A great deal has been written about how Democrats are making for of a play for the religious vote. Last Thursday, the PewResearch Center issued a study that showed that religion may actually be playing much less of a role in this election than in he past. The two candidates viewed as least religious by the public are leading the race for the nomination:
So far religion is not proving to be a clear-cut positive in the 2008 presidential campaign. The candidates viewed by voters as the least religious among the leading contenders are the current frontrunners for the Democratic and Republican nominations -- Hillary Clinton and Rudy Giuliani, respectively. On the other hand, the candidate seen as far and away the most religious -- Mitt Romney -- is handicapped by this perception because of voter concerns about Mormonism.
As in the past, most Americans continue to say that it is important for a president to have strong religious beliefs. And voters who see presidential candidates as religious express more favorable views toward those candidates than do voters who view them as not religious. But the latest Pew survey finds that candidates for the White House need not be seen as very religious to be broadly acceptable to the voting public.
Among people who offer an opinion of the religiosity of leading Democrats, more say that John Edwards (28%) and Barack Obama (24%) are very religious than say the same about Hillary Clinton (16%). Yet wide majorities see all three as at least somewhat religious, and those who do view the candidates in overwhelmingly favorable terms.
Similarly, just 14% who offer an opinion see Rudy Giuliani as very religious, but another 63% see him as somewhat religious, and both groups offer comparably favorable assessments of the former New York City mayor. Mitt Romney stands apart from the other candidates tested – nearly half (46%) of those who express an opinion say Romney is very religious; that is roughly the same number saying that George W. Bush is very religious (43%), though many more people express an opinion about Bush's religiosity than Romney's. However, a quarter of Americans – Democrat, independent and Republican alike – say they would be less likely to vote for a presidential candidate who is Mormon. And those who say this have substantially less favorable impressions of Mitt Romney.
A few other observations worth making. First, with the exception of Mitt Romney, the public views the Democrats as more religious than the Republicans.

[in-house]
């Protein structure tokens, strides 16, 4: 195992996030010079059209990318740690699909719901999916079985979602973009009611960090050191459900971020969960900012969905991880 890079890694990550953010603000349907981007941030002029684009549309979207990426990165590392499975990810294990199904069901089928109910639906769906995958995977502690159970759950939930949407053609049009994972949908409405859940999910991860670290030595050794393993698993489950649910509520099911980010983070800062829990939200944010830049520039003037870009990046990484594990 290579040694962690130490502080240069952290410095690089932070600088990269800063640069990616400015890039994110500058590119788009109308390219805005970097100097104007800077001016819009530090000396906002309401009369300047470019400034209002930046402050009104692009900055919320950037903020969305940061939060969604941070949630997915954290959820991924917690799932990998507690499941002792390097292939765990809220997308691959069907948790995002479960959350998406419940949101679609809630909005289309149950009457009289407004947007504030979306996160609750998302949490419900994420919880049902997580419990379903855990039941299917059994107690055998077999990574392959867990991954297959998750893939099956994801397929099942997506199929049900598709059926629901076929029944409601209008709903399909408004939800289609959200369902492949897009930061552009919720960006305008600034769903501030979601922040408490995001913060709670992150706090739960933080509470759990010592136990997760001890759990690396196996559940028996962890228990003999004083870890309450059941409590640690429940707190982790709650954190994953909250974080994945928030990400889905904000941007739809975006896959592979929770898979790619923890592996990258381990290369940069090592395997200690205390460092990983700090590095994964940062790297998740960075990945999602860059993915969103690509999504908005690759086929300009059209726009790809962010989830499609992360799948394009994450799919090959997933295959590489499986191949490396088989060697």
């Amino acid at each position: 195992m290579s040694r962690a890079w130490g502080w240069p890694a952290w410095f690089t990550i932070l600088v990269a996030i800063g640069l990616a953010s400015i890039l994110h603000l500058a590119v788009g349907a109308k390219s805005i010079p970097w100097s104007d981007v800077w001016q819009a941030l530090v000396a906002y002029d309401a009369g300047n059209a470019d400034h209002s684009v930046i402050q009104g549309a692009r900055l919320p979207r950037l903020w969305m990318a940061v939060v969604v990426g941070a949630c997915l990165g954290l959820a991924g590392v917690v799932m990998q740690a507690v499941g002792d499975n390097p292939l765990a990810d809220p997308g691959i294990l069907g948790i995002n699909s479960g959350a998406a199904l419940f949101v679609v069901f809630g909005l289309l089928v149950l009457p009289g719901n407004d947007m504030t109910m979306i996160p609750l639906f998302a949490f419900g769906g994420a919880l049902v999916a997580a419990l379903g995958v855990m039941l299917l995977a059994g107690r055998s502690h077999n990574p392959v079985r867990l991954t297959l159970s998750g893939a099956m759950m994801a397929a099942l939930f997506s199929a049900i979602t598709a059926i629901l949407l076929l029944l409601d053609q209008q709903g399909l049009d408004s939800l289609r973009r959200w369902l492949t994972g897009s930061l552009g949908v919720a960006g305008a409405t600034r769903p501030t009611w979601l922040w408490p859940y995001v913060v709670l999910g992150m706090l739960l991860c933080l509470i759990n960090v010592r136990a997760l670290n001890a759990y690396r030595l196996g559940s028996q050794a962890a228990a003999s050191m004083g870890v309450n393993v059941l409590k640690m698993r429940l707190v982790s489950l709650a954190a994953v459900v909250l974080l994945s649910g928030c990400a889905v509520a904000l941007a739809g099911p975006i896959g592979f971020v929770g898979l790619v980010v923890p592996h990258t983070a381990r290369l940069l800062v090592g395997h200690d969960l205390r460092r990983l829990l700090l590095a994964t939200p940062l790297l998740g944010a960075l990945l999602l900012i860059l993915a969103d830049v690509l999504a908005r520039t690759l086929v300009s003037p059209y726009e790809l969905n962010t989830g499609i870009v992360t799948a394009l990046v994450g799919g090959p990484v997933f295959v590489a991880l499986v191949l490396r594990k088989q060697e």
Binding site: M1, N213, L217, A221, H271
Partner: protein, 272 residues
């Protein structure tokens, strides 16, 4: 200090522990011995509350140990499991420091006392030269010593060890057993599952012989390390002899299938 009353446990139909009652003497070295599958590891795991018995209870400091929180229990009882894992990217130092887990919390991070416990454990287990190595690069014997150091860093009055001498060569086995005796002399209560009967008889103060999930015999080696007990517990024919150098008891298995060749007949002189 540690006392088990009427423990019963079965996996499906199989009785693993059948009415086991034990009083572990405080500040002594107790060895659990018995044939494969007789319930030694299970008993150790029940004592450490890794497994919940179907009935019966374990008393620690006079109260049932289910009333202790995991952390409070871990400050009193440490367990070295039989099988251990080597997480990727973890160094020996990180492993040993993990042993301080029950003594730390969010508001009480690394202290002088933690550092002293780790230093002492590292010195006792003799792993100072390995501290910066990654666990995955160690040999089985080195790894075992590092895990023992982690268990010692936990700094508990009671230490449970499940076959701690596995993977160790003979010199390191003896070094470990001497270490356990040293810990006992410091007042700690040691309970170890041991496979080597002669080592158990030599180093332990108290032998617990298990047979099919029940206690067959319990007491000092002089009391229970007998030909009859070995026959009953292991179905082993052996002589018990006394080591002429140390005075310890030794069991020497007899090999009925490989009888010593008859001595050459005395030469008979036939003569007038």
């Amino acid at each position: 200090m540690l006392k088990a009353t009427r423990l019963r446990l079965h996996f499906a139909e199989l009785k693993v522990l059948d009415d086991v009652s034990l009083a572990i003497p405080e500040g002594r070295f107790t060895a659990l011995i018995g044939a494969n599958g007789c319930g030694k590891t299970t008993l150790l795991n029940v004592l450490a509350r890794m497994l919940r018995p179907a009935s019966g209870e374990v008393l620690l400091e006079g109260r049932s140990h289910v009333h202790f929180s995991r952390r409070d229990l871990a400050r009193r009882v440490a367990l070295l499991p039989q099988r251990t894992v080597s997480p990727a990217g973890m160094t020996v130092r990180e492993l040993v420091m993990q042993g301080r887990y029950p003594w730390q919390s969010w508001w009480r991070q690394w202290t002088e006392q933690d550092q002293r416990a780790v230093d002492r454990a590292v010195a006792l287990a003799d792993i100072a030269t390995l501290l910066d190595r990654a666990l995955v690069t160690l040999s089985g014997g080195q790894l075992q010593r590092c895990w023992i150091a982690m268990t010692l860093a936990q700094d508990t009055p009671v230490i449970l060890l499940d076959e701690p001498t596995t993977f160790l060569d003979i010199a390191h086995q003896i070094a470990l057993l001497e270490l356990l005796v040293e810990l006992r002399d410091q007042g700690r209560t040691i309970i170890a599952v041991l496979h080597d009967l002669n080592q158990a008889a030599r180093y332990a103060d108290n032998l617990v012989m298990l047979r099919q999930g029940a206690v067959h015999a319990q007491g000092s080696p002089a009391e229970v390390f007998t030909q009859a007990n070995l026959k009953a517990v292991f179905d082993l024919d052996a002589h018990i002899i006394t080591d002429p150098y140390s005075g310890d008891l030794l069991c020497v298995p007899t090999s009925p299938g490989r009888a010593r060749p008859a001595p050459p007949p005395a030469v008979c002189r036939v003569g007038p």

Second, perhaps one reason that a perception of faith is playing less of a role is that voters are far more interested in issues like the Iraq War and the economy than social issues:
The latest national survey by the Pew Research Center for the People & the Press and the Pew Forum on Religion & Public Life, conducted Aug. 1-18 among 3,002 adults, finds that social issues such as abortion and gay marriage continue to be greatly overshadowed in the presidential campaign by both domestic issues and the war in Iraq. This is consistent with a Pew Research Center survey in June in which abortion was rated as the least important issue of the nine tested in the survey.
More than three-quarters of Americans (78%) say domestic issues such as the economy, health care and the environment will be very important in their decisions about whom to support for president; 72% say the same about the war in Iraq. By comparison, just 38% say that social issues like abortion and gay marriage will be very important in their voting decisions.
Finally, Democrats still have some work to do if they want to be seen as "faith-friendly", but they are making inroads:
The survey finds that the Republican Party continues to hold a substantial advantage over the Democratic Party in terms of being seen as more friendly to religion. Half of Americans say the GOP is friendly to religion, compared with just 30% who see the Democratic Party as friendly toward religion. A plurality (37%) says the Democratic Party is neutral to religion, while 15% see it as unfriendly to religion. The proportion saying the Democratic Party is unfriendly to religion has declined slightly since July 2006 (20%).
In addition, nearly half of Americans (47%) now disagree with the idea that "liberals who are not religious have too much control over the Democratic Party," and 37% agree with this statement. In July 2005, the public was evenly split as to whether secular liberals exert too much influence over the Democratic Party.
To me the number to watch is the percentage who view Democrats as hostile to religion--when this number goes down, this is a good thing. On the other hand,for those of us who are concerned with preserving a healthy separation of religion and politics, if the percentage of Americans who view Deomocrats as friendly goes up significantly, there should be cause for concern that we have gone to far.
Read a summary of the results here.
Read the full report here.